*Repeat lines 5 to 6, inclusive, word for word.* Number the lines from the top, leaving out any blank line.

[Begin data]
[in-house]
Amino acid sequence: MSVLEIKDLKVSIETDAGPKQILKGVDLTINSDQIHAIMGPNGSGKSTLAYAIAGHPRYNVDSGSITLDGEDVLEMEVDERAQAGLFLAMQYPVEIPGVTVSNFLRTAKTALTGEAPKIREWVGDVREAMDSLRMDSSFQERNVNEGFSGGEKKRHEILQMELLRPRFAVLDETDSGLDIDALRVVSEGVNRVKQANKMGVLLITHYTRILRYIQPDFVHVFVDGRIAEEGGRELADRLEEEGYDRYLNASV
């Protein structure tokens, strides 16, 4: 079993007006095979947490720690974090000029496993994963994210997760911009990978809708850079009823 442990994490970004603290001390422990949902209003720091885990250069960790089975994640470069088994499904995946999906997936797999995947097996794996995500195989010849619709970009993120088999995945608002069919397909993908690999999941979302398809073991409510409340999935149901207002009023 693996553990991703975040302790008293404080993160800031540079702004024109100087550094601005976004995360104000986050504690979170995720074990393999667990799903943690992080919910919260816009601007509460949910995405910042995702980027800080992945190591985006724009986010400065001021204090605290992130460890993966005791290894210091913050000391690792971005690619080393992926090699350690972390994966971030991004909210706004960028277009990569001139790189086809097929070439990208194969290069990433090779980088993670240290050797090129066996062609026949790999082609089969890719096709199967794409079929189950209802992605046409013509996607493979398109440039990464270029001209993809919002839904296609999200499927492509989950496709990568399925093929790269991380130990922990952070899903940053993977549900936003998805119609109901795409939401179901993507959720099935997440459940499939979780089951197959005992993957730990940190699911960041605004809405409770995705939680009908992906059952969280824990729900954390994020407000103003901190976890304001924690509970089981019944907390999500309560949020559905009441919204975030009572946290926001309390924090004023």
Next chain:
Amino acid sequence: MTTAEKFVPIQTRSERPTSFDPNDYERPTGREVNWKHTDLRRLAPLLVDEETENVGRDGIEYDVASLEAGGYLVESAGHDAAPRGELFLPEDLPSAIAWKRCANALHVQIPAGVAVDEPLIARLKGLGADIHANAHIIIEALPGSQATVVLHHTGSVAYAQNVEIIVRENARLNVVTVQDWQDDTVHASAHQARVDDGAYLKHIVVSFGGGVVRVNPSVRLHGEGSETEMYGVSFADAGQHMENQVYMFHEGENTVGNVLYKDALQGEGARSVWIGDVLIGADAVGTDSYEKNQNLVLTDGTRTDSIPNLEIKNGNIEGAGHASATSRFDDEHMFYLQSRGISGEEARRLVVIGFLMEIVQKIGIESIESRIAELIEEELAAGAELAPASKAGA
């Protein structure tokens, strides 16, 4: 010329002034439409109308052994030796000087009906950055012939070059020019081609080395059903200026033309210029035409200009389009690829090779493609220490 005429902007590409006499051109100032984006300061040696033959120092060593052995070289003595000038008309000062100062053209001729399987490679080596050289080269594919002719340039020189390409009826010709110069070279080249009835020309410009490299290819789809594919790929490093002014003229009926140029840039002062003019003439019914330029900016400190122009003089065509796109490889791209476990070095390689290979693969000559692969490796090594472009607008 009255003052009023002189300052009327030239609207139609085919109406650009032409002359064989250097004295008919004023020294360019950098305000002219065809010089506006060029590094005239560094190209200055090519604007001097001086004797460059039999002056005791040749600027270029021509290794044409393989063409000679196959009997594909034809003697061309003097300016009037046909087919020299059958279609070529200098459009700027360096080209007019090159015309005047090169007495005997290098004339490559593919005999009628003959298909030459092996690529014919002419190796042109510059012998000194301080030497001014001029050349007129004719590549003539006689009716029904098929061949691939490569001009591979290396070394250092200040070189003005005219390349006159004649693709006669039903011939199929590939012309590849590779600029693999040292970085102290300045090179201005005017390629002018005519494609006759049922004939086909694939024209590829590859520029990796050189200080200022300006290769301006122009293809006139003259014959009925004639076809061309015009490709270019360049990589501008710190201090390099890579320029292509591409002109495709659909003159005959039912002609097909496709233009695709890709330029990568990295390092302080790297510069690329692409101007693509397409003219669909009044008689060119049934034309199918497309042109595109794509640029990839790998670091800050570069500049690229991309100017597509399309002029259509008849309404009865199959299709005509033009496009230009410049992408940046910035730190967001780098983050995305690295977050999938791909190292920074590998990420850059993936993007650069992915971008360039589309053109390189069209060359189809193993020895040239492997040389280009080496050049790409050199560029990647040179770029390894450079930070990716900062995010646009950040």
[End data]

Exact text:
Amino acid sequence: MTTAEKFVPIQTRSERPTSFDPNDYERPTGREVNWKHTDLRRLAPLLVDEETENVGRDGIEYDVASLEAGGYLVESAGHDAAPRGELFLPEDLPSAIAWKRCANALHVQIPAGVAVDEPLIARLKGLGADIHANAHIIIEALPGSQATVVLHHTGSVAYAQNVEIIVRENARLNVVTVQDWQDDTVHASAHQARVDDGAYLKHIVVSFGGGVVRVNPSVRLHGEGSETEMYGVSFADAGQHMENQVYMFHEGENTVGNVLYKDALQGEGARSVWIGDVLIGADAVGTDSYEKNQNLVLTDGTRTDSIPNLEIKNGNIEGAGHASATSRFDDEHMFYLQSRGISGEEARRLVVIGFLMEIVQKIGIESIESRIAELIEEELAAGAELAPASKAGA
């Protein structure tokens, strides 16, 4: 010329002034439409109308052994030796000087009906950055012939070059020019081609080395059903200026033309210029035409200009389009690829090779493609220490 005429902007590409006499051109100032984006300061040696033959120092060593052995070289003595000038008309000062100062053209001729399987490679080596050289080269594919002719340039020189390409009826010709110069070279080249009835020309410009490299290819789809594919790929490093002014003229009926140029840039002062003019003439019914330029900016400190122009003089065509796109490889791209476990070095390689290979693969000559692969490796090594472009607008 009255003052009023002189300052009327030239609207139609085919109406650009032409002359064989250097004295008919004023020294360019950098305000002219065809010089506006060029590094005239560094190209200055090519604007001097001086004797460059039999002056005791040749600027270029021509290794044409393989063409000679196959009997594909034809003697061309003097300016009037046909087919020299059958279609070529200098459009700027360096080209007019090159015309005047090169007495005997290098004339490559593919005999009628003959298909030459092996690529014919002419190796042109510059012998000194301080030497001014001029050349007129004719590549003539006689009716029904098929061949691939490569001009591979290396070394250092200040070189003005005219390349006159004649693709006669039903011939199929590939012309590849590779600029693999040292970085102290300045090179201005005017390629002018005519494609006759049922004939086909694939024209590829590859520029990796050189200080200022300006290769301006122009293809006139003259014959009925004639076809061309015009490709270019360049990589501008710190201090390099890579320029292509591409002109495709659909003159005959039912002609097909496709233009695709890709330029990568990295390092302080790297510069690329692409101007693509397409003219669909009044008689060119049934034309199918497309042109595109794509640029990839790998670091800050570069500049690229991309100017597509399309002029259509008849309404009865199959299709005509033009496009230009410049992408940046910035730190967001780098983050995305690295977050999938791909190292920074590998990420850059993936993007650069992915971008360039589309053109390189069209060359189809193993020895040239492997040389280009080496050049790409050199560029990647040179770029390894450079930070990716900062995010646009950040």